Have you ever seen a tree that is entirely white and leafless? If so, you probably spotted a dead sycamore. Sycamores that have been dead for several years turn to a bleached, gray-ish white color. But before this bleaching phenomenon occurs, it can actually be very difficult determining whether or not a sycamore tree is dead, especially if it is a large one. Sycamores can grow to massive heights and circumferences, allowing them to withstand inclement weather conditions and changing climates. However, just like all trees, they are vulnerable to disease, pest infestation, and more. Continue reading to learn more about sycamore trees and how you can tell if yours is dead or thriving.
The America sycamore tree is scientifically referred to as Platanus occidentalis, but colloquially known as Occidental plane, buttonwood, and American planetree. Native to North America, the sycamore is most distinguishable by its speckled exfoliating bark and the sticky green buds that grow on its leaves. One of the most common pests that affect the health of sycamores is called the sycamore leaf beetle. Sycamore trees are also susceptible to a fungal disease called Anthracnose Disease. This disease doesn’t kill or seriously harm the tree, but it does cause it to lose a massive amount of foliage. Early spring is when this disease becomes evident, first appearing as frost damage but later identifying itself with signs of leaf curling, wilting, and defoliation.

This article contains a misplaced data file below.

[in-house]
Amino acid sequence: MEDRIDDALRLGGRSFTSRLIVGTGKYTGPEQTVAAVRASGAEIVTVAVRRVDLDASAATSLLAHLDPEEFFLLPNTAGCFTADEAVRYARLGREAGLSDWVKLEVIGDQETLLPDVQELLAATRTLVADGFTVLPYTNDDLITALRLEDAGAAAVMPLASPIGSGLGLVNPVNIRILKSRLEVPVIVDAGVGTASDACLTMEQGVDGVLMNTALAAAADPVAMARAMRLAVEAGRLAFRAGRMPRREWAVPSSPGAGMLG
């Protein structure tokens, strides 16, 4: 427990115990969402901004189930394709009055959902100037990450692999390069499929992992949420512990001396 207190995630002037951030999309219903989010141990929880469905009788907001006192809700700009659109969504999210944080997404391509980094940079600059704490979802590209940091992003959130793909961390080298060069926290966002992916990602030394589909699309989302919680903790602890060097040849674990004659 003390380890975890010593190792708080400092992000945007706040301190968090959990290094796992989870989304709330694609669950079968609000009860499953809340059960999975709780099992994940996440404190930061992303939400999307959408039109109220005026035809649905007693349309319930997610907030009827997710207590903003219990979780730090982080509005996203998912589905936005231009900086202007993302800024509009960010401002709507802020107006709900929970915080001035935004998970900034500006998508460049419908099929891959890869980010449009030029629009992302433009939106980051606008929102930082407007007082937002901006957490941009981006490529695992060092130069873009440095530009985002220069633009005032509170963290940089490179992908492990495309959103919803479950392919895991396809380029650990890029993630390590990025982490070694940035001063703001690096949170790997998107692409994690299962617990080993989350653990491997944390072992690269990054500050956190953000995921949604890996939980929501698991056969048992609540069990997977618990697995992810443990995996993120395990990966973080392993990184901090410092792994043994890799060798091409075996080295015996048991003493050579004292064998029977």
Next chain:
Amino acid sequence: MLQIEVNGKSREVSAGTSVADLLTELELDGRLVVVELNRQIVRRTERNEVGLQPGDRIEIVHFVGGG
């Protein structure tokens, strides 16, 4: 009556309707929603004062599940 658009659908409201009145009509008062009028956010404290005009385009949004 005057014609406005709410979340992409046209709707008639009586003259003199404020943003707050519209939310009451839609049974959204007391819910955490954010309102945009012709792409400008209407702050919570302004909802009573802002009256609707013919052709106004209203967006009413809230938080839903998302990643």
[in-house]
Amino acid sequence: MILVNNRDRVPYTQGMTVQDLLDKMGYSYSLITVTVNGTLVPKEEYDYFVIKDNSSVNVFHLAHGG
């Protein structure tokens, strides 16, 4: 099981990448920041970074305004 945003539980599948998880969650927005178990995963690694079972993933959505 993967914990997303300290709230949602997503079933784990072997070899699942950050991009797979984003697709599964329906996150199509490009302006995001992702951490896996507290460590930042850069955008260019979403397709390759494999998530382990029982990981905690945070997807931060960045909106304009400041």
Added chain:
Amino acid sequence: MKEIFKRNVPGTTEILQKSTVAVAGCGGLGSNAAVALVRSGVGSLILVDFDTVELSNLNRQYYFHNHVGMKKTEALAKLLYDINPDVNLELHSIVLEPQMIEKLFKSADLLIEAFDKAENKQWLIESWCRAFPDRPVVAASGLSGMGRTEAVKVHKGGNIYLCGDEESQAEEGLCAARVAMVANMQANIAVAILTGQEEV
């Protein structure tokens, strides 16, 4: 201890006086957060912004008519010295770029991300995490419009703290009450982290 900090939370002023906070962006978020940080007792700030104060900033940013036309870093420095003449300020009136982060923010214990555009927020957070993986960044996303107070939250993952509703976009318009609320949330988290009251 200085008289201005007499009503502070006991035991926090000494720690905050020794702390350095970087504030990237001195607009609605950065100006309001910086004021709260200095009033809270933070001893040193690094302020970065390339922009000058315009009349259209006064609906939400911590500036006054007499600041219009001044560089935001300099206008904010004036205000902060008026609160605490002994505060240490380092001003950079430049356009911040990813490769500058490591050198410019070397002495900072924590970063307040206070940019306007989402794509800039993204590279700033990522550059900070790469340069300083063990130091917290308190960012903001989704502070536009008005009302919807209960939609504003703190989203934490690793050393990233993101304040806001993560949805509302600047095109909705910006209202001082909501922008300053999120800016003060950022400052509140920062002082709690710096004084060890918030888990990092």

Determining Sycamore Tree Health
It is feasible to determine if a sycamore tree is alive by simply snapping of a couple of small twigs and checking for healthy green tissue inside. But when it comes to large and mature sycamores, this is not so simple. Instead, other methods are required. Since large ailing trees are extreme hazards to have on or around your property, they must be professionally removed as soon as possible. If you are not sure whether your tree is ill or not, consult a licensed arborist to have its condition professionally assessed. If your tree has no leaves or foliage in the spring and summer, it is dead. Signs of illness can include one or more of the following:
• Consistent Foliage Loss
• No New Production of Leaves
• Cracks or Wounds in the Trunk
• Shoots Growing at Base
• Missing White Bark
If you believe your mature tree is ill or dead, it is imperative to the safety of yourself and your property to have it removed by a licensed tree removal service. Act fast before the tree can fall onto your home, or worse, on a loved one.